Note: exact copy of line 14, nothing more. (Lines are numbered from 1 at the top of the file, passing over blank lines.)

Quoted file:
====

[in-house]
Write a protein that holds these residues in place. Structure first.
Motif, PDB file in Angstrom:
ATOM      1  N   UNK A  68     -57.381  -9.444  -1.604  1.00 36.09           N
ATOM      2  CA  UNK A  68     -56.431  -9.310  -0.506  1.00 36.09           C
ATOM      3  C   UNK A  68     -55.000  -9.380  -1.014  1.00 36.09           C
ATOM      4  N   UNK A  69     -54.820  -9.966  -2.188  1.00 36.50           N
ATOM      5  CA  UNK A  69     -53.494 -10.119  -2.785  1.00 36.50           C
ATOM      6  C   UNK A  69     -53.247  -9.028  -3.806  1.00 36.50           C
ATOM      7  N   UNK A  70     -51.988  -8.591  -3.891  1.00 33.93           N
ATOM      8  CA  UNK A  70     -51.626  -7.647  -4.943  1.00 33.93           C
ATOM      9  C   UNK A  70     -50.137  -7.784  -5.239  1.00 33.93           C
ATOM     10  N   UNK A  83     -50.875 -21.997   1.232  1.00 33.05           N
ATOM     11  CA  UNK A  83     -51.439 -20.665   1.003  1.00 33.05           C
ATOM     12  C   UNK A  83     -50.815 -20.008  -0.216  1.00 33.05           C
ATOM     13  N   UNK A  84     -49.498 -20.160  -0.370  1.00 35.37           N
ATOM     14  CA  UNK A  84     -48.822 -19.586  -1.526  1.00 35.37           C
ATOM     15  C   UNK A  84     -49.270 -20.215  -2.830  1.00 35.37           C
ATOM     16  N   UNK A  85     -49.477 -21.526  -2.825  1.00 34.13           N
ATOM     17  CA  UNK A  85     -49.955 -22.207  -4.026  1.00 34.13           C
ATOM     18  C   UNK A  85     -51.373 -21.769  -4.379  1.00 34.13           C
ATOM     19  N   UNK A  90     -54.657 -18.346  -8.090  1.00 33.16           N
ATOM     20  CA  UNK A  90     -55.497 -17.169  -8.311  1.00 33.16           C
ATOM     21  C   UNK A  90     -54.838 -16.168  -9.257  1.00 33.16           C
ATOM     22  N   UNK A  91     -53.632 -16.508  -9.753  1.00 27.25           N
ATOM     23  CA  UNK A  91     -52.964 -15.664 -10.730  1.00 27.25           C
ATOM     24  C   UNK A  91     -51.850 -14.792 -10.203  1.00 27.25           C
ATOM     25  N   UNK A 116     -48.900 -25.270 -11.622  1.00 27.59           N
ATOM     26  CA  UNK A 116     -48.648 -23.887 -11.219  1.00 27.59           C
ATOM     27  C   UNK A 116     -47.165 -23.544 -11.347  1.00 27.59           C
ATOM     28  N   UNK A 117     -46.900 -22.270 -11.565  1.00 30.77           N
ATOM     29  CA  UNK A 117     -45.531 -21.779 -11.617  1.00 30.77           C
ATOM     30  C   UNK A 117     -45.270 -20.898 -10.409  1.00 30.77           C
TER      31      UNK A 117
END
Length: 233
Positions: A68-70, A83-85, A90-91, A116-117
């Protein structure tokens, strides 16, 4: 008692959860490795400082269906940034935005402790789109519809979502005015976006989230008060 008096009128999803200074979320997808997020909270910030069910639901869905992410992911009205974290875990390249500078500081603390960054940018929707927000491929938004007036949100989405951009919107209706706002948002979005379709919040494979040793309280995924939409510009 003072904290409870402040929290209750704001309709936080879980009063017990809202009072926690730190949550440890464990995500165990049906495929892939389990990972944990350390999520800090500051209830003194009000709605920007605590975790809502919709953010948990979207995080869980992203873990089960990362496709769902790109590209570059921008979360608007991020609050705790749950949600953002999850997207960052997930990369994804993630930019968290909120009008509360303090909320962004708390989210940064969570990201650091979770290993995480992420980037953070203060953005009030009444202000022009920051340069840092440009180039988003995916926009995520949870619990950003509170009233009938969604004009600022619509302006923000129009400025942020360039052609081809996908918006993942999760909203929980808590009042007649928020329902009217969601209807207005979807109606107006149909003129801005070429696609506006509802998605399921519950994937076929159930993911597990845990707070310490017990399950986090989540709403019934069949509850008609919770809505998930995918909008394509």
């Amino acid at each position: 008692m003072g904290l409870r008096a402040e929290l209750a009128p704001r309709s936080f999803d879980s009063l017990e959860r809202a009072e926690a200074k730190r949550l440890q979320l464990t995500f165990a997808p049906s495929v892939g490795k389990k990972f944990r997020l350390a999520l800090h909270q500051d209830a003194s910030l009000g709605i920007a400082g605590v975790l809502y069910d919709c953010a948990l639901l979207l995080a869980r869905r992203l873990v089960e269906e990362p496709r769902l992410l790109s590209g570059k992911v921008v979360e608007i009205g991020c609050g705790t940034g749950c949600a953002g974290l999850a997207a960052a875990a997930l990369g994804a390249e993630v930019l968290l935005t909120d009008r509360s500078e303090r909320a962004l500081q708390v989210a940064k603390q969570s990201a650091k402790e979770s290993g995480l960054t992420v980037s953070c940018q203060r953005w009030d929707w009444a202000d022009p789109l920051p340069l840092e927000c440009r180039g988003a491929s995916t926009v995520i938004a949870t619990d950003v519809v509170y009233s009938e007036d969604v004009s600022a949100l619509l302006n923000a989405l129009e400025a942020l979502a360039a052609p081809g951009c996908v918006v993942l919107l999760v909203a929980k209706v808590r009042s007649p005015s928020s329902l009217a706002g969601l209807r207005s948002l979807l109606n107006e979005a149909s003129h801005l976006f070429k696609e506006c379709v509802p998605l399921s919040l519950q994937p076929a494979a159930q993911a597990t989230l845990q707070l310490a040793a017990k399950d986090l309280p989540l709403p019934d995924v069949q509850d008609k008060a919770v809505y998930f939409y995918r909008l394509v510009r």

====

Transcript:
ATOM     11  CA  UNK A  83     -51.439 -20.665   1.003  1.00 33.05           C